The ant’s body turned away, and its mandibles throbbed as a voice filtered from within. “Not a seance. You always make fun of things you don’t understand. Try to be a little more worldly and you won’t always come across as ignorant.”
“Ignor-ant, you mean?” I retorted, smiling.
The ant stared at me, its malice apparent.
“Oh come on, Fred, the only good pun is a bad pun, you know that.” I reached for the recliner to turn it back in its original position, and a sharp, piercing, clicking noise halted my progress. Fred wagged a finger at me. “What? I’m supposed to sit with my back to you?”
“Don’t disrupt the atmosphere. The positioning is crucial?”
“Crucial to what? Kill social interaction?”
“Cleanse the life-spirit.”
My eyebrows raised. “Since when do you buy into metaphysical nonsense like that? I’m moving this chair.”
Fred stood up. His dwarfish body straightened, little chest poking out, and his headlegs quivered threateningly. “Leave it alone. I’ve been paying the rent here, not you. When’s the last time that you even contributed to anything?”
“Is that what this is about?” I snapped. “A little short on funds and you start screwing with the interior decorating?”
“Maybe if you brought in a little money, you’d have more of a say.”
“Fred, you know that at times my business is a little slow. It’s the nature of what I do.”
A strange little snorting sound chuffed from between Fred’s mandibles. “Nature of what I do, he says. If you actually had any sort of initiative, you’d have plenty of work.”
“You know, if you didn’t have a head that looked like a picnic spoiler, I’d say you could definitely pass as my mother.” I attempted to sit in the upsot chair, twisting uncomfortably to continue the conversation. After a few moments of fidgeting and intensifying back pain, I sighed and stood up. “Stupid chair.”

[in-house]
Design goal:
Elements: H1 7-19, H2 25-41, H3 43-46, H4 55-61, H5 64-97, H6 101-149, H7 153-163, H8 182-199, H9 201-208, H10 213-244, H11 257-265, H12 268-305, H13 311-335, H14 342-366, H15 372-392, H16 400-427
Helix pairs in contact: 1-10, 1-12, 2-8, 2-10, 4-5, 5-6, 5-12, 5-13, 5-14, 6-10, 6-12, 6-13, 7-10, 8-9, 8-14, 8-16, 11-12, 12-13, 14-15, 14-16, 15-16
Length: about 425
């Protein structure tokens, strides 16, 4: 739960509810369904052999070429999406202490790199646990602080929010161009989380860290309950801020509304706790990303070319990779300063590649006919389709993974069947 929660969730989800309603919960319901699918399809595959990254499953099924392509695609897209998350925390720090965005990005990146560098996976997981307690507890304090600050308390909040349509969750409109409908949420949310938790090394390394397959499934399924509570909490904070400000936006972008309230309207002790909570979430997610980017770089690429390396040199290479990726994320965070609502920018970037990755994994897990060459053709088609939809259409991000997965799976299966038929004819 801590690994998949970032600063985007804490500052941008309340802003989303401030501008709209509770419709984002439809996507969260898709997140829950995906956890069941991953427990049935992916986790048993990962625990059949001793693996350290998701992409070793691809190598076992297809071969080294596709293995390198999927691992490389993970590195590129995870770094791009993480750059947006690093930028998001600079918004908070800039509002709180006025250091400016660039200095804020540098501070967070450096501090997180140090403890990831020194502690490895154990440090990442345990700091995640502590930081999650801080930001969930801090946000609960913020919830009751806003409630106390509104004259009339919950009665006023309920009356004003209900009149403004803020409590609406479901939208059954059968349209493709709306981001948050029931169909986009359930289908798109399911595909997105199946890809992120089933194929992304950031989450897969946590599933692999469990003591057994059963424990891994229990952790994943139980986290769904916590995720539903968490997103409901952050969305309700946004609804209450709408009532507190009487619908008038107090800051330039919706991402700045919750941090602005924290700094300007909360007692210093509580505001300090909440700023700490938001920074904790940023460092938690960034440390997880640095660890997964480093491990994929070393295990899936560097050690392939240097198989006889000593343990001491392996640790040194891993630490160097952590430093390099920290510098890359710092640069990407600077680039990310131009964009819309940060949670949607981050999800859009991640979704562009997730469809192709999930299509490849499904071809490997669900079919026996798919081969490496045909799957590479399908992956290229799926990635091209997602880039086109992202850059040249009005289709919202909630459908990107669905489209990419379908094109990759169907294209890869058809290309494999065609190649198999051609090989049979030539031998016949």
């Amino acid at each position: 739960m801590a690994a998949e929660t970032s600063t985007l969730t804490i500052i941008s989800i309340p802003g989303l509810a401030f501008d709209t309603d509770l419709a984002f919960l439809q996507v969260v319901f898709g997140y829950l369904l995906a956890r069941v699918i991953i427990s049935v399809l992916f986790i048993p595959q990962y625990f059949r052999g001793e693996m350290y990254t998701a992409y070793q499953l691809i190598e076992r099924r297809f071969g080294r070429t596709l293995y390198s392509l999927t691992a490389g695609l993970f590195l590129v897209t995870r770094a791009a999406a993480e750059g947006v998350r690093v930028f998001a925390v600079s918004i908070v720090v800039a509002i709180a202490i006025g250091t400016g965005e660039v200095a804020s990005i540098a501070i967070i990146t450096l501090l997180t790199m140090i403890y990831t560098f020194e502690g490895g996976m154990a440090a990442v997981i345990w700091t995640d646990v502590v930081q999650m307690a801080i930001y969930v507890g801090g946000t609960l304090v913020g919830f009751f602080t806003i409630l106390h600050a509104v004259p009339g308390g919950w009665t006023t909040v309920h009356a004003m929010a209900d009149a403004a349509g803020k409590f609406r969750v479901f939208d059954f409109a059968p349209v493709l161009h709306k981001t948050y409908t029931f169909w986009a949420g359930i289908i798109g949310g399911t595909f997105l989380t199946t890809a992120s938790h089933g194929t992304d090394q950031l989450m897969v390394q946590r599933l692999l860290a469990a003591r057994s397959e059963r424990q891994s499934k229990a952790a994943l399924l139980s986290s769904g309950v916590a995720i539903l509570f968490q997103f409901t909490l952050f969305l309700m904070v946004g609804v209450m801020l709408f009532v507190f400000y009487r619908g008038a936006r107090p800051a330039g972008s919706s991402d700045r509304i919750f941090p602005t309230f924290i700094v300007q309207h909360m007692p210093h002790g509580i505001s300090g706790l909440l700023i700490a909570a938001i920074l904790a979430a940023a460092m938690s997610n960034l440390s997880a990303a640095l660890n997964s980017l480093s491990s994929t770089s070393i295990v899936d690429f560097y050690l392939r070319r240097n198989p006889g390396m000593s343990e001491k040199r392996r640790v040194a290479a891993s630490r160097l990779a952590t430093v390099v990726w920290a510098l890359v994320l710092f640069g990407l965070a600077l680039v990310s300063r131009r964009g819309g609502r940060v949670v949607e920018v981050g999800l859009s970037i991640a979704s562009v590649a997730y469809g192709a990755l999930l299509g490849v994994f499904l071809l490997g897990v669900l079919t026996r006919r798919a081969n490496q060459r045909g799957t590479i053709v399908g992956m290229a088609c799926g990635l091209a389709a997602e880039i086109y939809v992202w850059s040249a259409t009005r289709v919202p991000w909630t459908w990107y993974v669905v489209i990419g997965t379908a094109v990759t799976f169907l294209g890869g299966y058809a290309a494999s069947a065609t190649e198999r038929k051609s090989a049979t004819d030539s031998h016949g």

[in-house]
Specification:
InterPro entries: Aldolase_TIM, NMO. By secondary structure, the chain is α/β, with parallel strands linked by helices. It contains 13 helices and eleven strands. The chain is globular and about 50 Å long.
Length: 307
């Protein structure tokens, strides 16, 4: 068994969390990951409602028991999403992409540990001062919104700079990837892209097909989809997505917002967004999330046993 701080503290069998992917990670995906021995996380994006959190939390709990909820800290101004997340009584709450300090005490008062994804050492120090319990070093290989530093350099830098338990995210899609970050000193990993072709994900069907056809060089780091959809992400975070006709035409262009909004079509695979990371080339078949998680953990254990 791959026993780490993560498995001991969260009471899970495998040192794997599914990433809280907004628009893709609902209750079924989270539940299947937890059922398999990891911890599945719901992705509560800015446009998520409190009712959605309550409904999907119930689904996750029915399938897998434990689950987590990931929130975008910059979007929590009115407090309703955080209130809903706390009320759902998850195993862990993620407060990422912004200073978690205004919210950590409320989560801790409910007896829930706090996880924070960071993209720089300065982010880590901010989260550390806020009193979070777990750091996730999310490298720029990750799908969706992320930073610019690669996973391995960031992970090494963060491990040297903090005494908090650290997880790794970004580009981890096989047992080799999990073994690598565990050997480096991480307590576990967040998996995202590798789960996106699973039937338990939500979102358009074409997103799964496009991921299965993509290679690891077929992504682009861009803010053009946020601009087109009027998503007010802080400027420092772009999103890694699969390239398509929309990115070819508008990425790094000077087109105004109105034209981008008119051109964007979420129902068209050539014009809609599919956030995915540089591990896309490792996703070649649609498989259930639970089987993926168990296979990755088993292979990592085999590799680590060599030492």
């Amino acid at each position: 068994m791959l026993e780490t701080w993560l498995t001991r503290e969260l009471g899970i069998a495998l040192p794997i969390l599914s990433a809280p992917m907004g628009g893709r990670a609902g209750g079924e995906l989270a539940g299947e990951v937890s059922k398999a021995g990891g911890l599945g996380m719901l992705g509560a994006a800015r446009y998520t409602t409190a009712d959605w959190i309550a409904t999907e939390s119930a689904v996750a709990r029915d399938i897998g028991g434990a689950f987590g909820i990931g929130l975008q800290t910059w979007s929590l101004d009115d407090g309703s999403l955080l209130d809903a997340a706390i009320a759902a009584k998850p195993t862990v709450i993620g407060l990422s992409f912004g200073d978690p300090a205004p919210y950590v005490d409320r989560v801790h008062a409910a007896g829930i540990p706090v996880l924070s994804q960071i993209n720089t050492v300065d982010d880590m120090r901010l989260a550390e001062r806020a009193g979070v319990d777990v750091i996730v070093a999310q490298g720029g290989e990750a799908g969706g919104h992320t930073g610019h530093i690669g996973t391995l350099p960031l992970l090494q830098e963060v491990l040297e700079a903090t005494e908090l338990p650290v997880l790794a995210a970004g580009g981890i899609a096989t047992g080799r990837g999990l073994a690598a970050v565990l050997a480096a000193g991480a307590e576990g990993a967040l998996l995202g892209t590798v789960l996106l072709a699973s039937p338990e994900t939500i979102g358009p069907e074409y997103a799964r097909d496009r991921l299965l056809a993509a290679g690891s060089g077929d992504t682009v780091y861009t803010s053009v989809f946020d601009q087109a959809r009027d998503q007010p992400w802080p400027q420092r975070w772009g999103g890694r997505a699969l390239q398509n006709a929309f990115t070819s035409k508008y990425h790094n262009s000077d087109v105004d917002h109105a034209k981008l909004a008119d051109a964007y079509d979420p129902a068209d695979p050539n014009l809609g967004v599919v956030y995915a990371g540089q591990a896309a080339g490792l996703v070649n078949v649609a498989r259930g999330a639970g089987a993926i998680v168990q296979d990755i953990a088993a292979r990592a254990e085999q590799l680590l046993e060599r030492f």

“Heauxjeaux doesn’t seem to have any issues finding work.” Fred muttered.
I glared at him. “You trying to compare me to that fruitcake?”
“A fruitcake with a steady paycheck.”
“Well, stabbing employers in the back at the drop of a hat does pay the bills, I guess,” I retorted.
Fred folded his hands together and shrugged. “I know you hate him, but don’t stand there and try to act like you’re above his tactics. You’re no saint.”
“I wouldn’t have to stand here and act like I’m above anything if you’d let me move the damn furniture.”
Fred waved his hands and me and groaned. “Move it already. I was just trying to make a point.” He sagged back onto the couch. “It’s not easy being the only one bringing in any money. You need to get a job, and soon. Mr. Abraxas is grumpy enough when we pay on time.”
I grunted as I turned the chair, and collapsed into it. Arguing with Fred was far from constructive. He wasn’t exactly a friend, but he was more than an acquaintance. He dated regularly, which was problematic for me since I couldn’t afford a place on my own. Many of his girlfriends didn’t like me hanging around – I think the term leech was the most often used term when describing yours truly – and would often give him some not-so-subtle advice to kick me out. But I’d done Fred a pretty huge favor a few months back, and if there was one monkey that was too strong to be bucked from his back, it was a monkey named Guilt.
“I’ll get some work. Don’t worry. I’m due.”
He tilted his segmented head toward me. “Is the Network looking for anyone to help out?”
“No,” I replied, perhaps too quickly considering the way Fred flinched. “They wouldn’t hire me anyway. Too many of the powers-that-be are pretty sure that I’m more enemy than ally.” I sighed. “I’ve got a few contacts that could probably use me. I just have to muster the feigned excitement at meeting up with them.”
“The Handsome?” he said, sounding nervous.
“Bite your tongue.”
Fred sighed. “Look, Arch, I wasn’t going to bring this up. I know how you feel about my job. But if the doc is looking for anyone else at the lab, I can ask. I doubt it’s anything primo, but…”
“Are you nuts?” I said, throwing my hands up in the air. “Look, maybe you like your line of work, Fred, but yesterday you were just a homely guy with a badly shaven beard. Today, your head’s an advertisement for a bug spray. I’d kind of like to keep my genes consistent, if it’s all the same.”
Fred sat silently for a moment. I thought about apologizing, but then he spoke.
“My beard looked bad?”
I shook my head. “I’m gonna go make some phone calls.” I’ve been holding this off for too long, and now I’ve only got one person that might be willing to toss me some scraps. And I hate that feathered son of a bitch.